I am immensely proud of our NHS. It offers access to the best doctors and nurses in the world. For all people. From birth to death. Because healthcare is a human right. But we are going to lose it unless we all speak out collectively. Funding is one part of the issue, but social care and public health are even bigger concerns. And we need nurses as policy makers, in government roles, working at a senior level on saving nursing.
There is much to be done in terms of training, fair pay and working conditions (nurse consultants, for example, are not paid anywhere near what medical consultants are), but to attract people into the profession in the first place, we also need to make an honest portrayal of the job available to the public.
So I am proud to have written a book that finally describes the realities of nursing, and to be developing a television series with Mammoth Screen to put a realistic drama about nurses on screen.
It’s a challenging profession, but nursing gives more than it takes. A nurse lives a full life – she has seen too much not to. And as Florence Nightingale reminds us: ‘Life is a splendid gift. There’s nothing small about it.’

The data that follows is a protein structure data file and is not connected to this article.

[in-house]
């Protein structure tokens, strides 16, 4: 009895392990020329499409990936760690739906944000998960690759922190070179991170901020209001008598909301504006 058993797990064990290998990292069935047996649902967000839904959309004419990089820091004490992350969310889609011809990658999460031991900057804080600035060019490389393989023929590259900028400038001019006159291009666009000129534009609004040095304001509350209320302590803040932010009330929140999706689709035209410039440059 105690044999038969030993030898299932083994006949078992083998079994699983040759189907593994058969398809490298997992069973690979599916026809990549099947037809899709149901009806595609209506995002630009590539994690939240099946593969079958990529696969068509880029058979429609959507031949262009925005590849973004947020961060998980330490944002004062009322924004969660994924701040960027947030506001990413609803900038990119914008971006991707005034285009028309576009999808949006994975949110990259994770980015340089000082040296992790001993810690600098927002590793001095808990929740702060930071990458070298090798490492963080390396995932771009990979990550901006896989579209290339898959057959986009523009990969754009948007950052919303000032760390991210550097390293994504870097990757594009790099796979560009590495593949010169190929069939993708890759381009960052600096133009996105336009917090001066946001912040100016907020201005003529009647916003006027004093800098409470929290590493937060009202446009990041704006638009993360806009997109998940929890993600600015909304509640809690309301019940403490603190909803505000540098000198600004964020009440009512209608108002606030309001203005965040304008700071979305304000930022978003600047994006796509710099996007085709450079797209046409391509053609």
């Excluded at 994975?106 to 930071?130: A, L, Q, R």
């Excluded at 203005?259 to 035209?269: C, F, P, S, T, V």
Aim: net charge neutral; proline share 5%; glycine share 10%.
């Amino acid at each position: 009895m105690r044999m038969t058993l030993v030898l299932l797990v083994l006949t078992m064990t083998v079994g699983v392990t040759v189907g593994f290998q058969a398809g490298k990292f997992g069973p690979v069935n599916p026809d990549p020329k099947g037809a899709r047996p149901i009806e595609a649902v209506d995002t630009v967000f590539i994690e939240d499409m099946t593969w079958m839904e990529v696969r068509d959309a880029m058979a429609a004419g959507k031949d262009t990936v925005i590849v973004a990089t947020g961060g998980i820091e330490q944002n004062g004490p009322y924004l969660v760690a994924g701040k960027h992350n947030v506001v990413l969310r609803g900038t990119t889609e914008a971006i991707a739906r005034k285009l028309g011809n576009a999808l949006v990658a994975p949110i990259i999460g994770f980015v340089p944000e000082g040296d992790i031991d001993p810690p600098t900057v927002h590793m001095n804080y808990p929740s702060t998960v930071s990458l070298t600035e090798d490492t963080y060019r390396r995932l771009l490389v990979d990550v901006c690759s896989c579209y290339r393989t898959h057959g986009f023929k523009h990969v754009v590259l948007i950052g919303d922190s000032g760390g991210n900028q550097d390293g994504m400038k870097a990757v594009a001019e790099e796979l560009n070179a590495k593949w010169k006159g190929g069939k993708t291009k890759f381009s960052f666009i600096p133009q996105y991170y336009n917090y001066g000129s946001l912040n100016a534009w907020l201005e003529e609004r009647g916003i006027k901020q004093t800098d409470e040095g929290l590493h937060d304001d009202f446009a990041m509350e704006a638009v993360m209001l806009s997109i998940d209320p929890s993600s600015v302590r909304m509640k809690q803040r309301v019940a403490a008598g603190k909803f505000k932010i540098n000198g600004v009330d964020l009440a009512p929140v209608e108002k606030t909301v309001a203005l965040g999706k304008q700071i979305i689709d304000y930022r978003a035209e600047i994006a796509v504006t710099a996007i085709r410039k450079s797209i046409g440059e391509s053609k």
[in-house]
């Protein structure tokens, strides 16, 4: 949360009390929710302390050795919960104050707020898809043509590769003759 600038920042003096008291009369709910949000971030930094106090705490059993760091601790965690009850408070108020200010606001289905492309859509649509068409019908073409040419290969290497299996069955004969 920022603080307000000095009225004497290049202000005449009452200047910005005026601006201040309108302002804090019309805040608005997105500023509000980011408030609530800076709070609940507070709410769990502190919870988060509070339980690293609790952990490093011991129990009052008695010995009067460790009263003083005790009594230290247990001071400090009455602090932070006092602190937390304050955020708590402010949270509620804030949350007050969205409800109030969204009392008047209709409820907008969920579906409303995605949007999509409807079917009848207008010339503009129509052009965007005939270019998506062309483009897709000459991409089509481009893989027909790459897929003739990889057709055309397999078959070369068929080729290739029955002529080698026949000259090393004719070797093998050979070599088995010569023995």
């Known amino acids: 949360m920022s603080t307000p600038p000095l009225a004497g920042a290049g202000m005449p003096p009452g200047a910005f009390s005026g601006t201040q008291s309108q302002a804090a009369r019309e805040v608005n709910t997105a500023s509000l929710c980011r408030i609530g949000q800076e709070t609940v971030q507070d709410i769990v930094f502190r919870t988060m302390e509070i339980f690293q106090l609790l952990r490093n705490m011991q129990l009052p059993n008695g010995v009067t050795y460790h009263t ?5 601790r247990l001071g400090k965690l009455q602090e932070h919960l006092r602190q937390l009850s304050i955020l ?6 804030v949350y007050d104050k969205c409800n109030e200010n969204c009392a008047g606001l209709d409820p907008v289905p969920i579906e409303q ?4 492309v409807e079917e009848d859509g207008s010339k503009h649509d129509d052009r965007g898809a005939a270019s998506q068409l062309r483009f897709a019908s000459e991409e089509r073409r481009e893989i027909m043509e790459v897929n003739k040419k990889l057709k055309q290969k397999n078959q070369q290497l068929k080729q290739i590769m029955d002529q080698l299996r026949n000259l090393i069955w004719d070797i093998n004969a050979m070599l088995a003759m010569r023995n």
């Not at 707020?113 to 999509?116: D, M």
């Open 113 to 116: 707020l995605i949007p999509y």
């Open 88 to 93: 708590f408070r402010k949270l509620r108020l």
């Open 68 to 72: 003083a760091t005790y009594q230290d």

More about the book
THE SUNDAY TIMES BESTSELLER
*BBC Radio 4 Book of the Week*
An astonishing memoir about nursing and an urgent call for compassion and kindness
‘It made me cry. It made me think. It made me laugh. It encouraged me to appreciate this most underappreciated of professions more than ever’ Adam Kay, author of This is Going to Hurt
‘A remarkable book about life and death and so brilliantly written it makes you hold your breath’ Ruby Wax
Christie Watson was a nurse for twenty years. Taking us from birth to death and from A&E to the mortuary, The Language of Kindness is an astounding account of a profession defined by acts of care, compassion and kindness.
We watch Christie as she nurses a premature baby who has miraculously made it through the night, we stand by her side during her patient’s agonising heart-lung transplant, and we hold our breath as she washes the hair of a child fatally injured in a fire, attempting to remove the toxic smell of smoke before the grieving family arrive.
In our most extreme moments, when life is lived most intensely, Christie is with us. She is a guide, mentor and friend. And in these dark days of division and isolationism, she encourages us all to stretch out a hand.
‘It is very hard to describe the essence of nursing but Christie’s story captures it. Through her powerful writing the true value of the nurse becomes clear’ Janet Davies, Chief Executive and General Secretary, Royal College of Nursing